Ara Koh received her MFA in Ceramics from Alfred University and her BFA in Ceramics and Glass from Hongik University in Seoul. She was an international exchange student at Cal State Long Beach and has exhibited in the United States and Korea.
Ara received numerous awards including the Minister of Foreign Affairs Honor by the Korean government. Her works are collected by Alfred Ceramic Art Museum, Daekyo Culture Foundation, Winell Corporation, and many personal collectors.
A District Clay Resident Artist, Ara will be working on District Clay's Community Clay! Program as well as assisting with other duties at District Clay.
During her time in District Clay, Ara will be exploring how architecture and space is defined by brick modules.
araangelako (at) gmail (dot) com.
My work begins as an exploration of geometry, and my goal is for the form and surface to work together to bring the work alive. Making the work starts with a sketch representing a simple three dimensional form.
It continues with manipulations on paper and in clay to define volume, and finishes with the laying of color from glaze and flame.
Inspiration for my work comes most often from sketches and drawings which explore form and line. Slabs cut free form, loosely based on the drawings begin the process, an exploration of the corners and lines that define volume. I am constantly striving to recreate the loose freedom of the two dimensional line in three dimensional form.
Pottery, functional not in its connection to sustenance but in its ability to contain space, must still relate to the human body, its surface pleasant to the hand, its form interesting to the eye.
“I am driven by the insatiable pursuit of the “good pot”. Successful in terms of tactile, visual, and functional attributes; lastingly significant when packed with the passion of the maker- reflecting humanity, and contributing to the craft.”
elockett (at) gmail (dot) com.
Jill Ross Meltzer
Jill has taught beginning to advanced wheel throwing for nearly ten years at District Clay and other venues. She also inaugurated with Liz Lockett and Jon Kerr, District Clay's popular online interactive class schedule in 2020.
Before moving to DC, she was an Associate at The Clay Studio in Philadelphia and a professional member of the Potters Guild in Wallingford, PA. Jill graduated with a degree in Ceramics from The George Washington University/Corcoran School of Art and has attended many workshops around the country. In her previous life, Jill was a practicing attorney in DC.
Jill’s primary interest is in making functional one-of-a-kind serving pieces with a decided bent towards the decorative. Harmonizing the demands of utility with those of imparting some measure of magic to everyday things is a challenge she finds inspiring.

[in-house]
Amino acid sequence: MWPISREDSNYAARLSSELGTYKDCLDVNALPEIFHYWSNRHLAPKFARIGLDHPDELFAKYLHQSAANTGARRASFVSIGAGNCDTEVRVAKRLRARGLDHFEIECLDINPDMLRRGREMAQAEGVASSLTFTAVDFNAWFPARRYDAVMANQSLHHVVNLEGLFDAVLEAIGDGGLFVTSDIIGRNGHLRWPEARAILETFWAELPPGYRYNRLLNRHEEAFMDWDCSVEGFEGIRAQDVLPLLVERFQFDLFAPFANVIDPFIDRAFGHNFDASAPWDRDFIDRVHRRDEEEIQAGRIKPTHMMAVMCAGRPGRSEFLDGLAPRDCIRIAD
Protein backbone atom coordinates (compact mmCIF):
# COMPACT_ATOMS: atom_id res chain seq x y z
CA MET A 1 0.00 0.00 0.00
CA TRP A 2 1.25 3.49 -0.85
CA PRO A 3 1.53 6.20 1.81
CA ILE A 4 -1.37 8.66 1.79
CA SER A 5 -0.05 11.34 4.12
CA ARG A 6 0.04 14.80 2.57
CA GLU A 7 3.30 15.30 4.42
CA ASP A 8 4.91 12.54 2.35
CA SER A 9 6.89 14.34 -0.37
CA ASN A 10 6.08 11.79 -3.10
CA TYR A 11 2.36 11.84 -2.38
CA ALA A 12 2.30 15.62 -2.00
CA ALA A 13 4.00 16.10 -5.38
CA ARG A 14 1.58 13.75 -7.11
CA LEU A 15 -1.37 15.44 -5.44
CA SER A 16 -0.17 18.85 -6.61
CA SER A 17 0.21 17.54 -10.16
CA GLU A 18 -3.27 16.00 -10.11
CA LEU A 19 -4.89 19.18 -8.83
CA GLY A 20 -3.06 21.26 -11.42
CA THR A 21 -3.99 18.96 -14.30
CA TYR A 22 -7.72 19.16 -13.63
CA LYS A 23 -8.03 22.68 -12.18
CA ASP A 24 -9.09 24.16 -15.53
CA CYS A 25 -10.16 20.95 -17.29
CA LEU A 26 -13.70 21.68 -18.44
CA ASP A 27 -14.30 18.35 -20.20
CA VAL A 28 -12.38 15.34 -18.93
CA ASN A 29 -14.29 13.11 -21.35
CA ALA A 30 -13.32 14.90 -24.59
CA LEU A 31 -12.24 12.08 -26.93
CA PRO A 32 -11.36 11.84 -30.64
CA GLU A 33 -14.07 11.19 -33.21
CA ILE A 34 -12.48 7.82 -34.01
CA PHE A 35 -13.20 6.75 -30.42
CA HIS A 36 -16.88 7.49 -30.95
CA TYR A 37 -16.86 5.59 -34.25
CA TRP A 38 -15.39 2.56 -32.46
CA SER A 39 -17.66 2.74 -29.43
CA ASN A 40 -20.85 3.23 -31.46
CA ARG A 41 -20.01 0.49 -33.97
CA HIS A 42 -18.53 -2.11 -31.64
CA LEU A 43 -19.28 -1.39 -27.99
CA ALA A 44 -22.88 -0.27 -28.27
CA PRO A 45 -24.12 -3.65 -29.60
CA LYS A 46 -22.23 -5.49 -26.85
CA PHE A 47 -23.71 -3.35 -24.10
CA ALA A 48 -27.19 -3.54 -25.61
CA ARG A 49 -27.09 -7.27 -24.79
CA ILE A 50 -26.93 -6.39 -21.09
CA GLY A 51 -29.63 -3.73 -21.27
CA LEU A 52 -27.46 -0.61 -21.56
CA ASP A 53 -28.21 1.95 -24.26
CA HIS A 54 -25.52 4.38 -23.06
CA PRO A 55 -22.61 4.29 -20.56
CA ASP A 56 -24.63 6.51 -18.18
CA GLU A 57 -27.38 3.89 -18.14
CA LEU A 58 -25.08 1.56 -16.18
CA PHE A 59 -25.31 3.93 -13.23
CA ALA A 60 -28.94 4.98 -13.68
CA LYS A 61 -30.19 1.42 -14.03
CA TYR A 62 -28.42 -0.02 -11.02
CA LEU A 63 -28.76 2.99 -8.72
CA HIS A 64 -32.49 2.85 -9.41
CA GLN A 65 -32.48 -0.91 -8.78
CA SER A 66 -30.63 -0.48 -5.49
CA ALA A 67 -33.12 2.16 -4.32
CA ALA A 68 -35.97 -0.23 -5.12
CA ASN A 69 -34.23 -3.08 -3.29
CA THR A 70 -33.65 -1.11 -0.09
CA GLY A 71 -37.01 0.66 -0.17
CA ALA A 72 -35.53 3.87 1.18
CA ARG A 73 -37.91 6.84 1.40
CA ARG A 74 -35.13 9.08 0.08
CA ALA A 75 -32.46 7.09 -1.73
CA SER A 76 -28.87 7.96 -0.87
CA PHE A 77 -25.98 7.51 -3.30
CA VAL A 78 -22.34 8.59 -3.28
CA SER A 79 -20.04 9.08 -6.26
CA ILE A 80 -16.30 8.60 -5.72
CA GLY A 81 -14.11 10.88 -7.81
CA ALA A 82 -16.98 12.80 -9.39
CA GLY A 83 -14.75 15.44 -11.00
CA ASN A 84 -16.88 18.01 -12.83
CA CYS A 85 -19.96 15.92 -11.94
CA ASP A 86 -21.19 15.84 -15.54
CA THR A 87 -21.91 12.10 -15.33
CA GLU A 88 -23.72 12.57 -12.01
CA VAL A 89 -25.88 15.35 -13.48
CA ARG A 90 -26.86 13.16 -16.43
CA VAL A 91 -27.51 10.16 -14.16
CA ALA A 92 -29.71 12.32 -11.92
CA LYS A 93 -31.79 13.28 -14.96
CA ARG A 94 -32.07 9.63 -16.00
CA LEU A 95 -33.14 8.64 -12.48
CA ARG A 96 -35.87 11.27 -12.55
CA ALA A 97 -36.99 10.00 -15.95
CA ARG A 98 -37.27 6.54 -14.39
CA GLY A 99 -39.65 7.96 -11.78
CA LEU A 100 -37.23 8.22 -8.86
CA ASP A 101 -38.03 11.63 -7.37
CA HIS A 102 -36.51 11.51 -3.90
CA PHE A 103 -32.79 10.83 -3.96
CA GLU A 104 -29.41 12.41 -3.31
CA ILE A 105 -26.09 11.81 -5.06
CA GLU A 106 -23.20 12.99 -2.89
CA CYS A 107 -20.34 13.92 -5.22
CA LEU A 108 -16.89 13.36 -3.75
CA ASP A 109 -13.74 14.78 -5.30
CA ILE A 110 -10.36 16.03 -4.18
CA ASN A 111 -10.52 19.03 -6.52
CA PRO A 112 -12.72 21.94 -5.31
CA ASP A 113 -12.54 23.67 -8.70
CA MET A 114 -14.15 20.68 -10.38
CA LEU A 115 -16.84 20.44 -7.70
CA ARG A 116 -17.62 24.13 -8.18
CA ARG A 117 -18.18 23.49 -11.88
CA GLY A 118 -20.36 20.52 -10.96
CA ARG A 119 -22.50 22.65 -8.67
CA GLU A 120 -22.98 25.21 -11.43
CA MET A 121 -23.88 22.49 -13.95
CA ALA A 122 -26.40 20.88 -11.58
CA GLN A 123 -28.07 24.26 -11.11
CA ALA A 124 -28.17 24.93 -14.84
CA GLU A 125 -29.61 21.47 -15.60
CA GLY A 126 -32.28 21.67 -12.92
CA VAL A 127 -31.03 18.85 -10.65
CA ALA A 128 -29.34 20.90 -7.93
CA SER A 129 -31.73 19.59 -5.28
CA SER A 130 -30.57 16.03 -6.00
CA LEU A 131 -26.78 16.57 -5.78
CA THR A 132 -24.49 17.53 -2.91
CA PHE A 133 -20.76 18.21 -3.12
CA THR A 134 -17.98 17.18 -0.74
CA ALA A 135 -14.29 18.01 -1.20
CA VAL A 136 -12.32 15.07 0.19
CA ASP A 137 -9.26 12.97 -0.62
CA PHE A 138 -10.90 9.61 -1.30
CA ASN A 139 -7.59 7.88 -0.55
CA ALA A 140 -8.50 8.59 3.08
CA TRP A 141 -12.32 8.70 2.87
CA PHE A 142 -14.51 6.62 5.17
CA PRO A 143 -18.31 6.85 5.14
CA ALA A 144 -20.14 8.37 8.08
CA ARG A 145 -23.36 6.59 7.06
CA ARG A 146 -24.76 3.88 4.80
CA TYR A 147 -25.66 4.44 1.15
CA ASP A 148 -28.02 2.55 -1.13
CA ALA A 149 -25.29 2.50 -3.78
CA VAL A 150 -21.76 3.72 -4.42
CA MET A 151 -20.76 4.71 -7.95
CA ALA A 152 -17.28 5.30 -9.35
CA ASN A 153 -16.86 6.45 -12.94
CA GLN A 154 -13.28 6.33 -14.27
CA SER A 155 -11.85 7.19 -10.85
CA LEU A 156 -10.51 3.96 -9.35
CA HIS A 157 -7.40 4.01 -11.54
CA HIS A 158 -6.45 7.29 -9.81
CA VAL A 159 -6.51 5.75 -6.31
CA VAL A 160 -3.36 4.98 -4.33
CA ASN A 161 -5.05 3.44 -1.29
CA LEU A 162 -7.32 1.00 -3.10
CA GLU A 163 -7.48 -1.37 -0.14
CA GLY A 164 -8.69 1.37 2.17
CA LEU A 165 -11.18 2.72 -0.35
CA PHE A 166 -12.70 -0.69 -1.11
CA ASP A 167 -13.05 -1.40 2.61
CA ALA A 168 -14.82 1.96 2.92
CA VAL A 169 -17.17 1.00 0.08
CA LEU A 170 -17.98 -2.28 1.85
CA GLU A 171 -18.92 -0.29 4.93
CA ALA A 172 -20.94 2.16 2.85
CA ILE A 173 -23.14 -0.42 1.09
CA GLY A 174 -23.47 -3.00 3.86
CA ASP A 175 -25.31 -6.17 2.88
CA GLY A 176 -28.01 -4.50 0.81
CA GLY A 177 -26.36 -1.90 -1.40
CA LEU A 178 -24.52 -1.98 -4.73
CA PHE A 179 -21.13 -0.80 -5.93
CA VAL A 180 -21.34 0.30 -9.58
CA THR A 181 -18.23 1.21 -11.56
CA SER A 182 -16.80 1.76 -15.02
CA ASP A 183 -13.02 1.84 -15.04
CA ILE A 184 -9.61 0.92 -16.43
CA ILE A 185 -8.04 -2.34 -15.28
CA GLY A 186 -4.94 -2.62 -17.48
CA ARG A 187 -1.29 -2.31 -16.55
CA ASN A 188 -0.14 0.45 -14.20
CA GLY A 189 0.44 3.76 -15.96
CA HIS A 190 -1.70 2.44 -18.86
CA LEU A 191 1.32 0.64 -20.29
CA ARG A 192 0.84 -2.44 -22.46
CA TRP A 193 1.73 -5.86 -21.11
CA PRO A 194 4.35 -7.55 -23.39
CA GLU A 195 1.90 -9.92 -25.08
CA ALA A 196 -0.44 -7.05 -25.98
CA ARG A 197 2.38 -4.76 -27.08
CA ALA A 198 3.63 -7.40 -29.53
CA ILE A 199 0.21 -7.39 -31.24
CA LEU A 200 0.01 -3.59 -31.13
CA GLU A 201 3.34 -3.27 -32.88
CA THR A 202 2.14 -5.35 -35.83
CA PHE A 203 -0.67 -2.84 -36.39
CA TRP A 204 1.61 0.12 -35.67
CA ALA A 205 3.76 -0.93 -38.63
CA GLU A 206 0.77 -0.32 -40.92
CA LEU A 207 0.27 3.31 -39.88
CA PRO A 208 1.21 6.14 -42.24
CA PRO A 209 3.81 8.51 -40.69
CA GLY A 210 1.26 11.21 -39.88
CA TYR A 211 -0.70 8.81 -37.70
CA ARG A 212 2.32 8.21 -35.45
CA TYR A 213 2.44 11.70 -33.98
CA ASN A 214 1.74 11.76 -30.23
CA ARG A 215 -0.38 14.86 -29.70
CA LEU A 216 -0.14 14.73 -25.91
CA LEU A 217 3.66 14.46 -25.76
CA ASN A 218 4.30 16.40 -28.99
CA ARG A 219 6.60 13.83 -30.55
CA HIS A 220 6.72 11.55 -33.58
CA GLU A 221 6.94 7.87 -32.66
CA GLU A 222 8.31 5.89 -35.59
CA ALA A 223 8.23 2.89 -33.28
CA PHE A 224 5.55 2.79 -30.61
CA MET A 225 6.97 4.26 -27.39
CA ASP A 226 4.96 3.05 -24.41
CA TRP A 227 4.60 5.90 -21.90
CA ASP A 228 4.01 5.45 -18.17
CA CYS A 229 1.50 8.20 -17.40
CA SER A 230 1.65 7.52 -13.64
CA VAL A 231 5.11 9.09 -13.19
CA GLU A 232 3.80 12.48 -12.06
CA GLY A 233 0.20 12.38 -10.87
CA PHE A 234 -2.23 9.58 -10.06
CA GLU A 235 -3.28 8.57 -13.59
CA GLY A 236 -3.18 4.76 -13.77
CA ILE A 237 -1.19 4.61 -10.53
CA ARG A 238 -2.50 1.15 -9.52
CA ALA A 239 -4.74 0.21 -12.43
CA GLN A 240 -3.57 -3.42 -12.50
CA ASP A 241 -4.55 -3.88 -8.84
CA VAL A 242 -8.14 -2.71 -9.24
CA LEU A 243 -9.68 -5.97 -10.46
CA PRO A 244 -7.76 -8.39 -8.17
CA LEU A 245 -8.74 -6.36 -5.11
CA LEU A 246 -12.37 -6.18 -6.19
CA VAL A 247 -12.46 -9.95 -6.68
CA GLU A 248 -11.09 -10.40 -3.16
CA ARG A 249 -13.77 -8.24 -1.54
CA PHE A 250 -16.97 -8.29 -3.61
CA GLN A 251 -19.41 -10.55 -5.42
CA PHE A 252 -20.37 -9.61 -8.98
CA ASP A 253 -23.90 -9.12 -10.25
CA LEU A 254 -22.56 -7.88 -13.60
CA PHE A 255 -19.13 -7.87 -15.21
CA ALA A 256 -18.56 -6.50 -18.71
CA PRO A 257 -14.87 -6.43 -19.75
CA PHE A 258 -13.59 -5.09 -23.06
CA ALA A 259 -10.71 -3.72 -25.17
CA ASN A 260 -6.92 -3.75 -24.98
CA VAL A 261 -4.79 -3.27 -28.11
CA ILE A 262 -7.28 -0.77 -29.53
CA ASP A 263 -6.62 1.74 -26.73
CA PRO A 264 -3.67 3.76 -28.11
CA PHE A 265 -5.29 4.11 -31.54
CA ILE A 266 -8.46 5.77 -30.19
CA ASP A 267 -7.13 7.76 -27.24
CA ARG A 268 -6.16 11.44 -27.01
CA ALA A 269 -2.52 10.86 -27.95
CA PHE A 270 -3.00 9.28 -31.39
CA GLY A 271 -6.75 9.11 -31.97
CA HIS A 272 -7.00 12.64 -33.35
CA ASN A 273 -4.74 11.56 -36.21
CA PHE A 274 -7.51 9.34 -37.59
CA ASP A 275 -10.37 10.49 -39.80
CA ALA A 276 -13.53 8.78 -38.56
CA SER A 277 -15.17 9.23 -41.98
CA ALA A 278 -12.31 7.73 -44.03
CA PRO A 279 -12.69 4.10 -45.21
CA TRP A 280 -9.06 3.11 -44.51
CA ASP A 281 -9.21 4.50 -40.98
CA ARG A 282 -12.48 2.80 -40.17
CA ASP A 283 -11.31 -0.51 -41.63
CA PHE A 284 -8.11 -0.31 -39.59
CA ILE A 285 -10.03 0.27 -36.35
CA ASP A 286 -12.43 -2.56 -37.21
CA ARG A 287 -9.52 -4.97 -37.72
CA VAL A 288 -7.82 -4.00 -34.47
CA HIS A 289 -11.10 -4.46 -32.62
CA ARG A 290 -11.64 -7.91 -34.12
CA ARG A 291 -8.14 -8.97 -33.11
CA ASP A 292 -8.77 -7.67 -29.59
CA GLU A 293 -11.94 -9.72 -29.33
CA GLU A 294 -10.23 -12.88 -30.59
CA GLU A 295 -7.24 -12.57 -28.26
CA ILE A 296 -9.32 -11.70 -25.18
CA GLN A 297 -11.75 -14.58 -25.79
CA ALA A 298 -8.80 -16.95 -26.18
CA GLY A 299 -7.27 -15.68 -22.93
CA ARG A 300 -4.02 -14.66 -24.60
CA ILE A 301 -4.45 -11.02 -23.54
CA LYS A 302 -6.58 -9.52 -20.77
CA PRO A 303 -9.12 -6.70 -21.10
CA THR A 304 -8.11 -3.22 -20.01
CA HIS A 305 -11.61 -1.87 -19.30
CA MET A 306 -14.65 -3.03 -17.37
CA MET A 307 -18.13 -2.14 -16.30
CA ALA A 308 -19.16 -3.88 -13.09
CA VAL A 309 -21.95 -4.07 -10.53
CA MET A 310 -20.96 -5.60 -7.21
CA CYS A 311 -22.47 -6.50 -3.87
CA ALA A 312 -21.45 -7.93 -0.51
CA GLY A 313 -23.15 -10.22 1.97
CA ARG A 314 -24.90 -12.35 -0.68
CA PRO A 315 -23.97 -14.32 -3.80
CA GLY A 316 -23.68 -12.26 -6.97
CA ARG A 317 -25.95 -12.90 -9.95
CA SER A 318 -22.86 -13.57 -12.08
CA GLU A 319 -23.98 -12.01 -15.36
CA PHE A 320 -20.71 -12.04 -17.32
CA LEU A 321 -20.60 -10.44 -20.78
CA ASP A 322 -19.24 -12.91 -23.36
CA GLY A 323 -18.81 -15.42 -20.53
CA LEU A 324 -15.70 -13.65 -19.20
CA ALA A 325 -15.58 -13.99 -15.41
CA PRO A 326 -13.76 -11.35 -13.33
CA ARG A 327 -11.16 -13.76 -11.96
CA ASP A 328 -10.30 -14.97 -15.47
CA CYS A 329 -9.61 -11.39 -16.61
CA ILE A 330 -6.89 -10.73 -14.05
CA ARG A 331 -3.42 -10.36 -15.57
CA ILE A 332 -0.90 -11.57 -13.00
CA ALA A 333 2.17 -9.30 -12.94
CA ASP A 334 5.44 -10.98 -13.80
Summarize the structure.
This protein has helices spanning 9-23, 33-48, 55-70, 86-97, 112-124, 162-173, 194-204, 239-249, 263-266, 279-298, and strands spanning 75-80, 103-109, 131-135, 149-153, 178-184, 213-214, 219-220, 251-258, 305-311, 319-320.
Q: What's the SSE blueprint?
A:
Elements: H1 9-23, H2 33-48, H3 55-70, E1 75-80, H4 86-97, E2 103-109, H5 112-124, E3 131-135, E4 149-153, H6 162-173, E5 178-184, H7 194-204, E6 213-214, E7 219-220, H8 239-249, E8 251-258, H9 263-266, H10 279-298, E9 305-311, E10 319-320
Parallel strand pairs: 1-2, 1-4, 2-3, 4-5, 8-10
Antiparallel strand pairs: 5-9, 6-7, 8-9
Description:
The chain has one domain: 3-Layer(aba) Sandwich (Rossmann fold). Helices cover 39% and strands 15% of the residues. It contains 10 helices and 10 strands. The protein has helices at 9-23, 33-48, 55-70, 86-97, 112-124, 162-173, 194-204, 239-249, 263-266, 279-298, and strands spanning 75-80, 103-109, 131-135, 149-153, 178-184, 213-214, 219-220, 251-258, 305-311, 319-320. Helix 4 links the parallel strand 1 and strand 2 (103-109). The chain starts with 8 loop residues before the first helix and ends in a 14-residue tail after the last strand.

jrossmeltzer (at) gmail (dot) com.
Amy Minish grew up in Tucson, Arizona dabbling in many mediums of fine art and taking her first ceramic class on the wheel around age 10.
After college she worked as an art therapist/instructor for adults with disabilities in Flagstaff, Arizona and later joined the Peace Corps in the Republic of Vanuatu carrying her passion for teaching and the arts to the youth in her village through community murals and other craft work, alongside working with teachers and students at the local primary school. This led her to pursue a Masters in Art and Visual Culture Education with a K-12 art teaching degree at the University of Arizona following her Peace Corps service.
After three years of teaching elementary and middle school art, she moved to Washington, D.C. for her partner’s job, with a new baby in tow. She now devotes her time to raising her two young children but loves to keep her creative spirit thriving through ceramics at District Clay and printmaking and other art at home.
amyeminish (at) gmail (dot) com
Cole Norton learned to throw in 2001, but remembers digging clay from the creeks of northern Pennsylvania as a kid.
The sixth of seven children, he learned traditional folk crafts and skills from his parents and grandparents. Cole credits his rural upbringing and close knit family as the inspiration for his love of nature and functional art.
Cole has been an Associate Artist at DCC for many years. His one eyed dog, Bebe, can often be seen following him around the studio as she supervises his work.
colemnorton (at) gmail (dot) com.
Mike succumbed to clay’s quiet seduction in 2001 after enrolling in a wheel throwing class at Hinckley Pottery. Under Jill Hinckley’s tutelage, he quickly advanced from apprentice to instructor, and now has ten years experience teaching children and adults to throw pots, in community studios and privately.
He loves throwing pots, but he loves teaching more. There is magic in centering a ball of clay, and alchemy in the firing of it; Mike strives for the magic.
Mike has taught at ceramic studios in the Washington area, including District Clay, Hinckley Pottery and the Glen Echo Community Center.
Michael.d.pappas (at) gmail (dot) com.